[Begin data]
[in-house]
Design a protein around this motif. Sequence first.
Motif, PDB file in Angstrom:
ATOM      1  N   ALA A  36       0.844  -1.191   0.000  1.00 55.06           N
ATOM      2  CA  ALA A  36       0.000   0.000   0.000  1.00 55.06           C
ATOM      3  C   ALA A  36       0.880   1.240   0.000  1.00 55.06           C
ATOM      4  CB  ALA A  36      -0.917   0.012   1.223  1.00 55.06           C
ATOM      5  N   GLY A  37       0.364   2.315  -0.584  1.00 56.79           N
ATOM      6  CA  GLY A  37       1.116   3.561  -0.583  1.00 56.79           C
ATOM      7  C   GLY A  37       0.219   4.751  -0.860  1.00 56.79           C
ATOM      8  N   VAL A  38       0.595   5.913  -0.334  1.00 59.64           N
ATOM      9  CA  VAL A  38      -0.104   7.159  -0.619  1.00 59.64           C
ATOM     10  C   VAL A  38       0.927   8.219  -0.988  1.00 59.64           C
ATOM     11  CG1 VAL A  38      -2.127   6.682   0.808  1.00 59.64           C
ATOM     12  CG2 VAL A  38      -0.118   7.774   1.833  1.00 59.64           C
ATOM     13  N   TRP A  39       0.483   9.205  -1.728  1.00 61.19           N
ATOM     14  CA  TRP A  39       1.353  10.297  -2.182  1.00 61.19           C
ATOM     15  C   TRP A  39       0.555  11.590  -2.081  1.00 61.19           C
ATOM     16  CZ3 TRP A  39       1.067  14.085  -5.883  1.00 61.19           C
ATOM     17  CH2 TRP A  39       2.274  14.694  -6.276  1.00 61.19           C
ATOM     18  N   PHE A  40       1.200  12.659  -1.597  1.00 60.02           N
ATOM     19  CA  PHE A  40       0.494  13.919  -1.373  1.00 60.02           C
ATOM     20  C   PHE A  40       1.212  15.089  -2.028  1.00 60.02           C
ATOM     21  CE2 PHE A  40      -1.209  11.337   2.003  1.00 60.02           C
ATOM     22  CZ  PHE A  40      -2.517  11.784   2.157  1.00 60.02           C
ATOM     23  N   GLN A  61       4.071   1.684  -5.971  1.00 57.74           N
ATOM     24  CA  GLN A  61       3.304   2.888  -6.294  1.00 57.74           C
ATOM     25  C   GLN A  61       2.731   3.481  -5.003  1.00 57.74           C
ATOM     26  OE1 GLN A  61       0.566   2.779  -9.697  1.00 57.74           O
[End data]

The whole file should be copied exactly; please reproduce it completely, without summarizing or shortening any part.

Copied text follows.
[in-house]
Design a protein around this motif. Sequence first.
Motif, PDB file in Angstrom:
ATOM      1  N   ALA A  36       0.844  -1.191   0.000  1.00 55.06           N
ATOM      2  CA  ALA A  36       0.000   0.000   0.000  1.00 55.06           C
ATOM      3  C   ALA A  36       0.880   1.240   0.000  1.00 55.06           C
ATOM      4  CB  ALA A  36      -0.917   0.012   1.223  1.00 55.06           C
ATOM      5  N   GLY A  37       0.364   2.315  -0.584  1.00 56.79           N
ATOM      6  CA  GLY A  37       1.116   3.561  -0.583  1.00 56.79           C
ATOM      7  C   GLY A  37       0.219   4.751  -0.860  1.00 56.79           C
ATOM      8  N   VAL A  38       0.595   5.913  -0.334  1.00 59.64           N
ATOM      9  CA  VAL A  38      -0.104   7.159  -0.619  1.00 59.64           C
ATOM     10  C   VAL A  38       0.927   8.219  -0.988  1.00 59.64           C
ATOM     11  CG1 VAL A  38      -2.127   6.682   0.808  1.00 59.64           C
ATOM     12  CG2 VAL A  38      -0.118   7.774   1.833  1.00 59.64           C
ATOM     13  N   TRP A  39       0.483   9.205  -1.728  1.00 61.19           N
ATOM     14  CA  TRP A  39       1.353  10.297  -2.182  1.00 61.19           C
ATOM     15  C   TRP A  39       0.555  11.590  -2.081  1.00 61.19           C
ATOM     16  CZ3 TRP A  39       1.067  14.085  -5.883  1.00 61.19           C
ATOM     17  CH2 TRP A  39       2.274  14.694  -6.276  1.00 61.19           C
ATOM     18  N   PHE A  40       1.200  12.659  -1.597  1.00 60.02           N
ATOM     19  CA  PHE A  40       0.494  13.919  -1.373  1.00 60.02           C
ATOM     20  C   PHE A  40       1.212  15.089  -2.028  1.00 60.02           C
ATOM     21  CE2 PHE A  40      -1.209  11.337   2.003  1.00 60.02           C
ATOM     22  CZ  PHE A  40      -2.517  11.784   2.157  1.00 60.02           C
ATOM     23  N   GLN A  61       4.071   1.684  -5.971  1.00 57.74           N
ATOM     24  CA  GLN A  61       3.304   2.888  -6.294  1.00 57.74           C
ATOM     25  C   GLN A  61       2.731   3.481  -5.003  1.00 57.74           C
ATOM     26  OE1 GLN A  61       0.566   2.779  -9.697  1.00 57.74           O